There’s simply not enough story to tell in In This Corner of The World [Review]

There’s simply not enough story to tell in In This Corner of The World [Review]

The Sunao Katabuchi-directed Japanese animation tells the story of a woman’s life outside of the infamous atomic attack in Hiroshima during the Second world war

Set in the Japanese cities of Hiroshima and Kure during the Second world war, In This Corner of The World follows the life of Suzu, a young Japanese woman.

The movie opens with a festive song playing at Christmas, before focusing on Suzu, a dreamer with a passion for drawing. When a man called Shusaku turns up proposing marriage to her, she accepts, and the couple move to Kure. There, they live in relative bliss until the effects of the war begin to reach them in the city.

The director Sunao Katabuchi’s decision to kick off the film with a Christmas song is strange, as Japan was very insular and well-known for its Buddhist faith. There’s an odd moment in the middle of the film when Suzu seems to “wake up” in Hiroshima and tells her family about a dream in which she’d married a man and moved to Kure. Her family tell her to stop dreaming. This scene doesn’t get explained, so we’re left wondering if Suzu isn’t in fact dreaming all of this after all.


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Back in Kure, the threat of war looms ever larger, and Shusaku’s family build an air-raid shelter to protect themselves. One day Suzu takes her niece, Harumi, with her to hospital to visit Suzu’s father-in-law. Whilst there, Harumi is killed during a US fire-bombing attack, and Suzu is permanently injured. When all hope seems lost, and Suzu nearly succumbs to her own grief and despair, she is saved by the love of her husband and the love that she discovers that she has for him in return.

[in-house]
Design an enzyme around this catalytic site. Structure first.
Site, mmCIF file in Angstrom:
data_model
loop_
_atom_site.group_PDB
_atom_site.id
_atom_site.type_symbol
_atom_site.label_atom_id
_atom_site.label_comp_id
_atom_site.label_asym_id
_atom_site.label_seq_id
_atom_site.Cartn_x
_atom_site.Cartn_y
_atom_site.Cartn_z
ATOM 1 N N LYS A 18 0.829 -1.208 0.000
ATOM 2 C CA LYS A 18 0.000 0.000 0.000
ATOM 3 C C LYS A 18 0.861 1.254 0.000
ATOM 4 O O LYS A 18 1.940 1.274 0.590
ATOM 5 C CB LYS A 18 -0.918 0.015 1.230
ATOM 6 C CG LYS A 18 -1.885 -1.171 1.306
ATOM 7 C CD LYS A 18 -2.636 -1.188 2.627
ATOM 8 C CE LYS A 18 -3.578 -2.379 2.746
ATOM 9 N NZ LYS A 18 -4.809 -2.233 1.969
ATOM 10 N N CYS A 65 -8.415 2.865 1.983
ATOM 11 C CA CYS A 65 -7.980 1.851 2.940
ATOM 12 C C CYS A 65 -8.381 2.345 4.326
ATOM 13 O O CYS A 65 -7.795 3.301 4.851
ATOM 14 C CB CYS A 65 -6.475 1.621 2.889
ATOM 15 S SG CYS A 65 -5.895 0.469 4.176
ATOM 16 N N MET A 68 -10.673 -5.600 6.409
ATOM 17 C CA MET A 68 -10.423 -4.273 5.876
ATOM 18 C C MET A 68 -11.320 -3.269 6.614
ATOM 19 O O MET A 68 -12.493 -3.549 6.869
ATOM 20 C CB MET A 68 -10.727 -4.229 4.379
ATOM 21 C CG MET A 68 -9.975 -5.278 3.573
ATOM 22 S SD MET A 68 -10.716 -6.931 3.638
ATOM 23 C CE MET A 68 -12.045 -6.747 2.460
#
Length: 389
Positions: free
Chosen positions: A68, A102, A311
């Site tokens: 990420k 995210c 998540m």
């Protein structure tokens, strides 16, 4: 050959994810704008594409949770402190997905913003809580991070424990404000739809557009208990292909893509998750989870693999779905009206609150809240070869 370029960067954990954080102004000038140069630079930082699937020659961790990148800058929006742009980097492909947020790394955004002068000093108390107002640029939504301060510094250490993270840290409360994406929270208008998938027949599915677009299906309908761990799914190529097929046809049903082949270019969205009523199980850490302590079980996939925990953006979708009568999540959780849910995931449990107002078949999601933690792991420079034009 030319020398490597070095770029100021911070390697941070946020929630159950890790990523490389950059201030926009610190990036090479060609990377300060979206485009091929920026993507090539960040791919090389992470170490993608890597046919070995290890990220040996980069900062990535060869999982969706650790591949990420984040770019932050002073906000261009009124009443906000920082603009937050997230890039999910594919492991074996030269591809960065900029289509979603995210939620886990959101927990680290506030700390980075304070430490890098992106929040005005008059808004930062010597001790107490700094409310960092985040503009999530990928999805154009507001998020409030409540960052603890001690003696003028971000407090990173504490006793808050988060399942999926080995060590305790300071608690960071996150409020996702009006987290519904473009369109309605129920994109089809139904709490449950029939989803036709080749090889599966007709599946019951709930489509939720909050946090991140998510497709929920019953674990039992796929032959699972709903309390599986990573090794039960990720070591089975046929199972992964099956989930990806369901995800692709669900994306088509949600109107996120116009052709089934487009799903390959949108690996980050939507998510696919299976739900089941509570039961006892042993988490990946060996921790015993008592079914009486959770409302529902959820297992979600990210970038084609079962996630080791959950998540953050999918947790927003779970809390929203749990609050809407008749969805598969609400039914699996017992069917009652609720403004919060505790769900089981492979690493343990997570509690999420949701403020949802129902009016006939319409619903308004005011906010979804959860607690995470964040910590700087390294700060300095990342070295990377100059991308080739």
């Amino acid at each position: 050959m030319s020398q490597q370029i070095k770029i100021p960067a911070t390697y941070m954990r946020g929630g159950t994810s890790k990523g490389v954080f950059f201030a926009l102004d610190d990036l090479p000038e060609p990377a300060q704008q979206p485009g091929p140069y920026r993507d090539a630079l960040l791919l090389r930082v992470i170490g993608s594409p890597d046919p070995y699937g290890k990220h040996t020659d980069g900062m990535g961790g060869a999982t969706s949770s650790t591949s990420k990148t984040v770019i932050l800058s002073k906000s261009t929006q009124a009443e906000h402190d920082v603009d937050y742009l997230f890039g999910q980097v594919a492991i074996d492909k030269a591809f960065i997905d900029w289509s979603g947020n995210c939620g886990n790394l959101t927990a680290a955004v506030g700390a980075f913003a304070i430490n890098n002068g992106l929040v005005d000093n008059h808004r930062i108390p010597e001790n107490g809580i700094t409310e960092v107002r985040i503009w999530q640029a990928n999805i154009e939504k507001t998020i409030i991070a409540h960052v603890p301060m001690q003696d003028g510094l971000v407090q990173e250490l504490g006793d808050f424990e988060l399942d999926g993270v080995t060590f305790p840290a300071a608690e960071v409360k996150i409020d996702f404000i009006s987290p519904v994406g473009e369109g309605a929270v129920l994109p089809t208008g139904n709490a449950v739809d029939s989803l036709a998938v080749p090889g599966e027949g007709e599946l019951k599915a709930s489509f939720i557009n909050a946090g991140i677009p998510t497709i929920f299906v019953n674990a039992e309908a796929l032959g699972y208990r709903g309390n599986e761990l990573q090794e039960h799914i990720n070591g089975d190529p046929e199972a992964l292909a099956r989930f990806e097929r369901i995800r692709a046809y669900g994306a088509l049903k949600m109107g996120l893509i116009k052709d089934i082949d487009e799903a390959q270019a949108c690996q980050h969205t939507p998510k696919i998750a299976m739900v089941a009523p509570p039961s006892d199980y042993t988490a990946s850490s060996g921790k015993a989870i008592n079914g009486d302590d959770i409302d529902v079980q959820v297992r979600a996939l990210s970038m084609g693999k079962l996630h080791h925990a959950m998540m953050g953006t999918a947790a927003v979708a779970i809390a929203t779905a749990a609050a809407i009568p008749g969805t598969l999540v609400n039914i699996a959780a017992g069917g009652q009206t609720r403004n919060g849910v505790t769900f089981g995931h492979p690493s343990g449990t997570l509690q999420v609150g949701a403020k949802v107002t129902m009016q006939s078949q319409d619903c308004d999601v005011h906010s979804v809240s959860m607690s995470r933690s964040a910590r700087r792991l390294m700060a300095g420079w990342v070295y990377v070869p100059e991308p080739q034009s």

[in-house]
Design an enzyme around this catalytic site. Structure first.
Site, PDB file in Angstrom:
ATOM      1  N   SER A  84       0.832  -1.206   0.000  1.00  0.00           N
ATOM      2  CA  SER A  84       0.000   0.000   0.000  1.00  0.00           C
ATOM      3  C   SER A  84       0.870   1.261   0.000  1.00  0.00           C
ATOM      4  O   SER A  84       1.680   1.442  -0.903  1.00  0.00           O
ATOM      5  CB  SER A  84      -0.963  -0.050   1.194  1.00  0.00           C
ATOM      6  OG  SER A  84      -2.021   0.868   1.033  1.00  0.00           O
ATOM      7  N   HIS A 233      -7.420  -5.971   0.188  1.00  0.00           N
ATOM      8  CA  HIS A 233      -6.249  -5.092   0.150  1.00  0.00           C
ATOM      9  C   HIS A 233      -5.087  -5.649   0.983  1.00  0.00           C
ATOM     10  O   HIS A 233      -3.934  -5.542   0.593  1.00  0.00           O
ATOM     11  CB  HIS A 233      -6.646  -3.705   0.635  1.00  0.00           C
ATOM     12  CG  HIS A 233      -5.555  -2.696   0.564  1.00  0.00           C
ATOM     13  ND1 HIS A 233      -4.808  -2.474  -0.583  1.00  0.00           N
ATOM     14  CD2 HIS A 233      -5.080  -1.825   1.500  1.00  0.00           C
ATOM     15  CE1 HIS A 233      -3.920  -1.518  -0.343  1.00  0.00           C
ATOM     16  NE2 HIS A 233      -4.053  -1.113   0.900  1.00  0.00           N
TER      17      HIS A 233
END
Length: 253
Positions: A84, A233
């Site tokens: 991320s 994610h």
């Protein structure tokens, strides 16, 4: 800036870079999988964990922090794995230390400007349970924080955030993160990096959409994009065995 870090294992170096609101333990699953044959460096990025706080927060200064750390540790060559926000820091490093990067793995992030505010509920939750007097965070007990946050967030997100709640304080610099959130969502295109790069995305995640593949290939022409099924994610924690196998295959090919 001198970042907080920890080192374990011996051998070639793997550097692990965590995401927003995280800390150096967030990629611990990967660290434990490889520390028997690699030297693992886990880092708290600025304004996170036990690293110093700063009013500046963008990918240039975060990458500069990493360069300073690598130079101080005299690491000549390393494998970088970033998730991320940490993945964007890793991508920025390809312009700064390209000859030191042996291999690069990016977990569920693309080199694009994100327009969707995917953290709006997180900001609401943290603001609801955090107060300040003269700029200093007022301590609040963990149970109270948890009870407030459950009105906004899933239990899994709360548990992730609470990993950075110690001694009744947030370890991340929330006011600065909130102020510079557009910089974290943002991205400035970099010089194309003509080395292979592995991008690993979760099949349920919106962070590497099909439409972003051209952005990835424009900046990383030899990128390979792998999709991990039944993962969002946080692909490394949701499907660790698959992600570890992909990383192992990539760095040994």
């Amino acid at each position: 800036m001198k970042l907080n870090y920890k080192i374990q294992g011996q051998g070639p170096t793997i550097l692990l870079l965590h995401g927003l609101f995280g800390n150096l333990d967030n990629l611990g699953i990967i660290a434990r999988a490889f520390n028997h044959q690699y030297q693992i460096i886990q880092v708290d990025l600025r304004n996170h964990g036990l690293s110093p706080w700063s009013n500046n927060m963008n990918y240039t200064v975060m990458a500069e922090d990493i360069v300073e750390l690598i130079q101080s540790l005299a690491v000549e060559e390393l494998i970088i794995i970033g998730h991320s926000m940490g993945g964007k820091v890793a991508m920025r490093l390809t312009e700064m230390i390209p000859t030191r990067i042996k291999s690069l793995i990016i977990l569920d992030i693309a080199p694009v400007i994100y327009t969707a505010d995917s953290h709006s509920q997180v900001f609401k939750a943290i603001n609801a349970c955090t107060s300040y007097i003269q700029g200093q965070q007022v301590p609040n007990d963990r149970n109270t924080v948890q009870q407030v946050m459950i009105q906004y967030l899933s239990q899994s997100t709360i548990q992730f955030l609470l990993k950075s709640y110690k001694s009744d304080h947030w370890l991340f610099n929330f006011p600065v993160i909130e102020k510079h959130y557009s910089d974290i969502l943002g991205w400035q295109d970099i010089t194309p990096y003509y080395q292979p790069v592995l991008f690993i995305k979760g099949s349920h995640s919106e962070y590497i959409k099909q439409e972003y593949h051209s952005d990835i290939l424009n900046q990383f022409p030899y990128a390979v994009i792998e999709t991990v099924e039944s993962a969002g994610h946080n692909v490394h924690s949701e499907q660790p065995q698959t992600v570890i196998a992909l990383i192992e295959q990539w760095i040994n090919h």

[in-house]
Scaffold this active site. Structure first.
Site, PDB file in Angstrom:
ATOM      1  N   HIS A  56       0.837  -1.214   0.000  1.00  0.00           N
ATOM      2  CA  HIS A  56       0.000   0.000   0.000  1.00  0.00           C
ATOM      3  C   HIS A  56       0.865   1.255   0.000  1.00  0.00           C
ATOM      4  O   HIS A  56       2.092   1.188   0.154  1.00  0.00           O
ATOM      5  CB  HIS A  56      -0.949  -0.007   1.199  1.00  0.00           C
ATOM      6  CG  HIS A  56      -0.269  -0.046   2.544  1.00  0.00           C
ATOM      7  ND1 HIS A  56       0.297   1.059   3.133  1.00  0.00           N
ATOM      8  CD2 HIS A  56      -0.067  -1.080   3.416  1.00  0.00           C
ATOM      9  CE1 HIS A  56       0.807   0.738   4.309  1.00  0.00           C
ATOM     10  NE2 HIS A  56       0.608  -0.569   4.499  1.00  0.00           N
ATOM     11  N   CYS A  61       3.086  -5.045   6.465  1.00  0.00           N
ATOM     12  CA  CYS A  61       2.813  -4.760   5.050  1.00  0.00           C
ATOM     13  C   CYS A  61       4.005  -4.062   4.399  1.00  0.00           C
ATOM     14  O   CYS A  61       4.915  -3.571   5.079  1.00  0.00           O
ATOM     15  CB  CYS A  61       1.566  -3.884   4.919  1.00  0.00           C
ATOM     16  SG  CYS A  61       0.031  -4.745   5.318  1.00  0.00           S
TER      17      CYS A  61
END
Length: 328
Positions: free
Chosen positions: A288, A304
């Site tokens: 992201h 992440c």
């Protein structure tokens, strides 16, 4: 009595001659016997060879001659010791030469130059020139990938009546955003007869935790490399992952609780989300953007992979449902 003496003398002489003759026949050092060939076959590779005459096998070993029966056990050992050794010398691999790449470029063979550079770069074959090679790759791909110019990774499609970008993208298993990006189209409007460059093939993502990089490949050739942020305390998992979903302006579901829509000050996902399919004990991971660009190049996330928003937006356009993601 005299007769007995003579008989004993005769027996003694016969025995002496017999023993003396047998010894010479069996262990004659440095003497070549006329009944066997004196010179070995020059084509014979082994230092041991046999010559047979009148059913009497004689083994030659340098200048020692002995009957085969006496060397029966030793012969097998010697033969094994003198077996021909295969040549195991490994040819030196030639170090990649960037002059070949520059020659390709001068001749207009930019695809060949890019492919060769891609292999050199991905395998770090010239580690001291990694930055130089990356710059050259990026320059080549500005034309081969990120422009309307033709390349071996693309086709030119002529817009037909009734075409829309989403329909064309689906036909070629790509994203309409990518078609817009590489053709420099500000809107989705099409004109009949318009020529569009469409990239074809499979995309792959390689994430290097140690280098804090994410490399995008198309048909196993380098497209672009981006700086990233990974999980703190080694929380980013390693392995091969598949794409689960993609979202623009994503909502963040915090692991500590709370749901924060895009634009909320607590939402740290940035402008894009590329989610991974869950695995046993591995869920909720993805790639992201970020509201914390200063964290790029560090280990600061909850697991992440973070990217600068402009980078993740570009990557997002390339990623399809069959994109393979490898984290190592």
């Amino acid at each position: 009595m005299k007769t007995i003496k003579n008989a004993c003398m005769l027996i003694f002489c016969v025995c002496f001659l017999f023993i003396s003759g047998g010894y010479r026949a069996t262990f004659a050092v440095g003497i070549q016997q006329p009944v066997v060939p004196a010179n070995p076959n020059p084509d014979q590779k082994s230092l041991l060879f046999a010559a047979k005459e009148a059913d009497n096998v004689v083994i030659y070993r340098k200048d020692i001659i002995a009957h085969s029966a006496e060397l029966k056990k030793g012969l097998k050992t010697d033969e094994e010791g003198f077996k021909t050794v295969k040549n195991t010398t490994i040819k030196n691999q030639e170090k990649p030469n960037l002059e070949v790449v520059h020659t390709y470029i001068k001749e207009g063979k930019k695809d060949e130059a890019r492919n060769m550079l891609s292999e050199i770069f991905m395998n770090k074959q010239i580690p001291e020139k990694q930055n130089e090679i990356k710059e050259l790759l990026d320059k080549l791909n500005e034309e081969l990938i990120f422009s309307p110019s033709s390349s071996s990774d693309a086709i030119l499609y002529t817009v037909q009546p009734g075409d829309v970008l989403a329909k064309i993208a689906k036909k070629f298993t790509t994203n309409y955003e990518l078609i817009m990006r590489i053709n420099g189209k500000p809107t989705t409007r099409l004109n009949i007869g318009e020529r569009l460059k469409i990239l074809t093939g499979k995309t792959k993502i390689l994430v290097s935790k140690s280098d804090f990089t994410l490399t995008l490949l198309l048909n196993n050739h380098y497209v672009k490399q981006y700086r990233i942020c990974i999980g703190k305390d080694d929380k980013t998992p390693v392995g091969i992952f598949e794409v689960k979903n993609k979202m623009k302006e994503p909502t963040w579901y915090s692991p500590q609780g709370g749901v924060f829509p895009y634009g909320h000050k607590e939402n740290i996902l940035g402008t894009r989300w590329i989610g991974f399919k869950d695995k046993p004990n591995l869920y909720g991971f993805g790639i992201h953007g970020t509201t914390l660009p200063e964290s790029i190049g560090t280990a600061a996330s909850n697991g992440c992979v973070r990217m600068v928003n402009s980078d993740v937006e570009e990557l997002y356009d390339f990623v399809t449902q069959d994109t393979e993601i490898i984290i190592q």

Although a moving tale, the story is too simple for its 128 minutes runtime. Outside of the major events that occur, there is simply not a lot to say about Suzu’s life, and the audience will find it hard to emotionally connect with her, or care about what happens to her at all.

Edited by Ginny Wong

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This article appeared in the Young Post print edition as
Simply not enough story to tell

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